New synthetic compounds appear to prevent brain cell death

December 21, 2005

Spanish chemists have developed a promising set of synthetic compounds that one day could help slow or perhaps halt the progression of Alzheimer's disease and other neurological disorders. The preliminary finding, based on test tube studies by researchers at the Universidad de Granada and others, appears in the Dec. 29 issue of the American Chemical Society's Journal of Medicinal Chemistry.

The compounds, particularly a synthesized metabolite of the hormone melatonin, all inhibit an enzyme called inducible nitric oxide synthase (iNOS), which is needed to produce nitric oxide (NO). NO, a signaling molecule that can activate the immune system, plays an important role in the brain, according to the researchers. But too much NO can trigger the death of brain cells and some scientists theorize the compound is involved in the development of Alzheimer's and Parkinson's diseases.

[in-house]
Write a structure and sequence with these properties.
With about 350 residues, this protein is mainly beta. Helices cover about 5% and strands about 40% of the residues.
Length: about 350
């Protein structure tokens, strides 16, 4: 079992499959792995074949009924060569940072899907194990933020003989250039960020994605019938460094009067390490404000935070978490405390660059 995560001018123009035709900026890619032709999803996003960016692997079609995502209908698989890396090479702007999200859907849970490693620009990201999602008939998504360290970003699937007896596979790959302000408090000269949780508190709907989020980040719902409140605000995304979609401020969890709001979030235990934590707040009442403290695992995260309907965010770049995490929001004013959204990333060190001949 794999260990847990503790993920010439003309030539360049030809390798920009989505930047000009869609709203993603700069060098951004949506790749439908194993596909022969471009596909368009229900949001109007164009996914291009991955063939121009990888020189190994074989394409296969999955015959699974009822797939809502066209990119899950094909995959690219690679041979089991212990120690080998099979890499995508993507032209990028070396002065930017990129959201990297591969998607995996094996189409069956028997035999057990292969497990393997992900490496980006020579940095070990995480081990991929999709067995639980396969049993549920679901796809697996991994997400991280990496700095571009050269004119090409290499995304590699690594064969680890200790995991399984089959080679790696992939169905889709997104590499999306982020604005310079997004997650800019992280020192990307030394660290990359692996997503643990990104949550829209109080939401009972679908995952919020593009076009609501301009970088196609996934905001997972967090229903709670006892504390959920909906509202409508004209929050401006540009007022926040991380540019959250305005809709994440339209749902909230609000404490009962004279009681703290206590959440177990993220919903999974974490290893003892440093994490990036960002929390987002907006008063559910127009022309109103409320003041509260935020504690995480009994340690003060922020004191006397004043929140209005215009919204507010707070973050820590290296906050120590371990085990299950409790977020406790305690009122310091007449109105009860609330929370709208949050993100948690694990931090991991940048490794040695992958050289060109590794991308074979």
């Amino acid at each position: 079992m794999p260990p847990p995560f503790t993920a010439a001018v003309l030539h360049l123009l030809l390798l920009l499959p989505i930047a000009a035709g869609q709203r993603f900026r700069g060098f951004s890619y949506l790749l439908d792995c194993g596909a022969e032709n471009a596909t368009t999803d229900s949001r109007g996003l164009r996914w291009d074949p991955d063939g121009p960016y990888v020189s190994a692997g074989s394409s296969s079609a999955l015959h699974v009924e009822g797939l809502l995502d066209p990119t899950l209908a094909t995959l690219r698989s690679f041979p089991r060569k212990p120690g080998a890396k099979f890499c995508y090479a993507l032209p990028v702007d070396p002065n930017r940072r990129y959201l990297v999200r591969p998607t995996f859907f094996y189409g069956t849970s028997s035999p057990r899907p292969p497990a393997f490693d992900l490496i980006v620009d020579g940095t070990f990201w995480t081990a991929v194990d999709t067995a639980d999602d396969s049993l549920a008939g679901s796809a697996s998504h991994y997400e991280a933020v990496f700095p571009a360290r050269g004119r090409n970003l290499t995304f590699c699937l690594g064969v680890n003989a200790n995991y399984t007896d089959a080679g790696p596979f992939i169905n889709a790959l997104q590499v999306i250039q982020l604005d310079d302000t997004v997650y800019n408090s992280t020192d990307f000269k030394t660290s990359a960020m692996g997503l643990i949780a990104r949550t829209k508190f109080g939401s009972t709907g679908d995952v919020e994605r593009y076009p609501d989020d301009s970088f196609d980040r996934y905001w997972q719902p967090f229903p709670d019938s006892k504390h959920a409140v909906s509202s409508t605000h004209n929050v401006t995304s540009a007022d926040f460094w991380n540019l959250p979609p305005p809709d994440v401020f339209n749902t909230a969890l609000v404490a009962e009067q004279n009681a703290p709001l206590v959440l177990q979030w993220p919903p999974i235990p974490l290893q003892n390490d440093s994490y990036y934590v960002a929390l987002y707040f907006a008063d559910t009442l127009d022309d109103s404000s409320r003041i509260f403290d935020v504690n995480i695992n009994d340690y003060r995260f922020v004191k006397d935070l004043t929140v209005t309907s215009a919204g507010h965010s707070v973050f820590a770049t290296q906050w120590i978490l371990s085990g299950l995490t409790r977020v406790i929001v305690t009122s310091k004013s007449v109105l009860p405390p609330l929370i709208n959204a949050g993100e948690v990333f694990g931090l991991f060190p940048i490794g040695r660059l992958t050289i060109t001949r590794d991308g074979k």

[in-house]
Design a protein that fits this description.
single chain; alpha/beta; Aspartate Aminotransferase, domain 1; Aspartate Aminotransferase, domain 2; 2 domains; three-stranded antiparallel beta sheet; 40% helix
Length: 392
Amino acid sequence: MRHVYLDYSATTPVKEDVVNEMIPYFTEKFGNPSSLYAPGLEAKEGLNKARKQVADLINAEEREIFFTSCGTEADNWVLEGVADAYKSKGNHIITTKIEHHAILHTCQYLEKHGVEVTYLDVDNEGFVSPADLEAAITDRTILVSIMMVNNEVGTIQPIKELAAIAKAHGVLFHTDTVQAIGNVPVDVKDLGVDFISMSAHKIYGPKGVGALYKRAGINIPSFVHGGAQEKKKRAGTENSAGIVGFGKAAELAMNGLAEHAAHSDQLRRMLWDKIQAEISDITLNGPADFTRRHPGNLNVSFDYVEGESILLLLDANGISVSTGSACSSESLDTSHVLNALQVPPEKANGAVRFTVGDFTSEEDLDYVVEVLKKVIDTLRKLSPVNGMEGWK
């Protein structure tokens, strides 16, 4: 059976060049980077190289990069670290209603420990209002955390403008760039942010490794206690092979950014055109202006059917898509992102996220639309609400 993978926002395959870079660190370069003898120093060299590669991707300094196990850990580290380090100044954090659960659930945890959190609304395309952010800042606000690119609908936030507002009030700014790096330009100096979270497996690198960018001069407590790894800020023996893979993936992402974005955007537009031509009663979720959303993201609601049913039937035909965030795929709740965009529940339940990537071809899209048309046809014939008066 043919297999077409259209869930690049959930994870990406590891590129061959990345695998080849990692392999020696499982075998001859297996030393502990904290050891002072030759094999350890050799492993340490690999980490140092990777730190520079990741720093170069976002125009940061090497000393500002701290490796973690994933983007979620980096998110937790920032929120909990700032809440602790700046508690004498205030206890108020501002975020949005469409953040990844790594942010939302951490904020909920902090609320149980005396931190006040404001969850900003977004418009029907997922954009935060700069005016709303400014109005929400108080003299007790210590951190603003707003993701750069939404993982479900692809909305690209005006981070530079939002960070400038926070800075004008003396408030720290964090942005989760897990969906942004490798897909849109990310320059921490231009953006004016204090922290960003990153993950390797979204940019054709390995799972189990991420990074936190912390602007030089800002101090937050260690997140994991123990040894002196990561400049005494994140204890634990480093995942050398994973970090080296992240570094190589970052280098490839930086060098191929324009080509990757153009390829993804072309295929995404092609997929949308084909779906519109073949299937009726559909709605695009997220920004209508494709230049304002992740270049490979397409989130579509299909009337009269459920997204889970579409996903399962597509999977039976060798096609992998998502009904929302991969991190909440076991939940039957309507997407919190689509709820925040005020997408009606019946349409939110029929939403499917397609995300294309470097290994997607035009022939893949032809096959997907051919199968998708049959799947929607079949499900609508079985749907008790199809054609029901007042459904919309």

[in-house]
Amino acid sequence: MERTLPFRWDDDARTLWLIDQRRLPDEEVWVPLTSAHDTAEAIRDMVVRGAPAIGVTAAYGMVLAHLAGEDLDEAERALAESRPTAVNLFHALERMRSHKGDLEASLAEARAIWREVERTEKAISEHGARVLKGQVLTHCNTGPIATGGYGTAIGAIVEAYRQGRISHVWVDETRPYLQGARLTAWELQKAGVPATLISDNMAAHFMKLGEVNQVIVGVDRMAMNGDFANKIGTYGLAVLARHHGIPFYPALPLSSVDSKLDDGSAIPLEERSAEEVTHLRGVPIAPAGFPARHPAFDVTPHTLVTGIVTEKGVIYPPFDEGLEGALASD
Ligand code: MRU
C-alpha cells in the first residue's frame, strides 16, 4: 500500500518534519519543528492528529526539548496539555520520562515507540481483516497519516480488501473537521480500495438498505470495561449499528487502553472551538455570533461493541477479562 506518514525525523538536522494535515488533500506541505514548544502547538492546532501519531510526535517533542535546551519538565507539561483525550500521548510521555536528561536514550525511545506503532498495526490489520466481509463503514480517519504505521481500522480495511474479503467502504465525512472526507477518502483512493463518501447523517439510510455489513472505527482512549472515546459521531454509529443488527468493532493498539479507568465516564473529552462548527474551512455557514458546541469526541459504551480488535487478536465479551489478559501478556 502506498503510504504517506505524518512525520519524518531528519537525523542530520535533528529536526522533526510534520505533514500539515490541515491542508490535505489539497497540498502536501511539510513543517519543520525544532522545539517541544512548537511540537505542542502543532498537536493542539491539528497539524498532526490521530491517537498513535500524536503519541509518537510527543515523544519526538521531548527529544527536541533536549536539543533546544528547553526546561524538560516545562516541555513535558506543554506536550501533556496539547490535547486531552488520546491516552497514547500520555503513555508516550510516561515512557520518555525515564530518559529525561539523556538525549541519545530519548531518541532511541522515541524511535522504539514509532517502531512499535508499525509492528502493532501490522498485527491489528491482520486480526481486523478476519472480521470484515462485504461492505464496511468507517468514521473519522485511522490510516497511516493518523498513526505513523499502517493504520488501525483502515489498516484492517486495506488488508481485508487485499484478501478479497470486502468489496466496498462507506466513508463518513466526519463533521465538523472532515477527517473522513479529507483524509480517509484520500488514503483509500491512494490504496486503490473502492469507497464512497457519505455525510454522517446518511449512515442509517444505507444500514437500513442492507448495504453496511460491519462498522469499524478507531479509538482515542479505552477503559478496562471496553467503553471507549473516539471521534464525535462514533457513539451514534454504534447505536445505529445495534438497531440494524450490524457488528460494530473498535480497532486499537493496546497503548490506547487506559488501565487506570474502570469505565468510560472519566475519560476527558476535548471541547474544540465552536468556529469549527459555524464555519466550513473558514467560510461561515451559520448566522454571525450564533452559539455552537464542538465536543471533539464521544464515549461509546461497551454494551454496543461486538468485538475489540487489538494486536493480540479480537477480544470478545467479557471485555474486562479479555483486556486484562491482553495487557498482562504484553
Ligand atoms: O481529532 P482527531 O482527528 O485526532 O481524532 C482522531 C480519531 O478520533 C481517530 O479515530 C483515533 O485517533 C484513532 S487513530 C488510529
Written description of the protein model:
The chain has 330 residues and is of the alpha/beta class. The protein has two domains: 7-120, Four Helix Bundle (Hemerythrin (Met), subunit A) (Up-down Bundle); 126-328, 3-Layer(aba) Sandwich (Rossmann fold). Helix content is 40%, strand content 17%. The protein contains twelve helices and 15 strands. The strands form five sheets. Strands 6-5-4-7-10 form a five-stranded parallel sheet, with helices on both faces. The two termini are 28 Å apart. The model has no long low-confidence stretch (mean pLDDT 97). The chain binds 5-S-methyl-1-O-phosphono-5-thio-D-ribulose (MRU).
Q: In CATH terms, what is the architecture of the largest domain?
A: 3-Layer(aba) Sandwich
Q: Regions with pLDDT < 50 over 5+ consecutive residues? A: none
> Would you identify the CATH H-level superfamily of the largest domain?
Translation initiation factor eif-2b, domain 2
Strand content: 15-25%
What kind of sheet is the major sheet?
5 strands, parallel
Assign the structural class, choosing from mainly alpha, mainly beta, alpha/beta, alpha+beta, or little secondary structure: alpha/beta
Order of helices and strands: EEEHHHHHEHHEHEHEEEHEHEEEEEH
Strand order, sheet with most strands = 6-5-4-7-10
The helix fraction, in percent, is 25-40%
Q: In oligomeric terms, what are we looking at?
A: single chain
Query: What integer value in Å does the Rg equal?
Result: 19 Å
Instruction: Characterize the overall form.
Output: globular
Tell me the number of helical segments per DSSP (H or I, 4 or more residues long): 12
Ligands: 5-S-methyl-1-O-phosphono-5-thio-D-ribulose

Like melatonin, the new synthetic compounds apparently can cross biological barriers, suppress iNOS production, and, in turn, prevent NO-induced brain damage, the researchers say. However, they caution that additional research will be needed to verify these results.

The American Chemical Society - the world's largest scientific society - is a nonprofit organization chartered by the U.S. Congress and a global leader in providing access to chemistry-related research through its multiple databases, peer-reviewed journals and scientific conferences. Its main offices are in Washington, D.C., and Columbus, Ohio.
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The online version of the research paper cited above was initially published Nov. 19 on the journal's Web site. Journalists can arrange access to this site by sending an e-mail to newsroom@acs.org or calling the contact person for this release.

American Chemical Society

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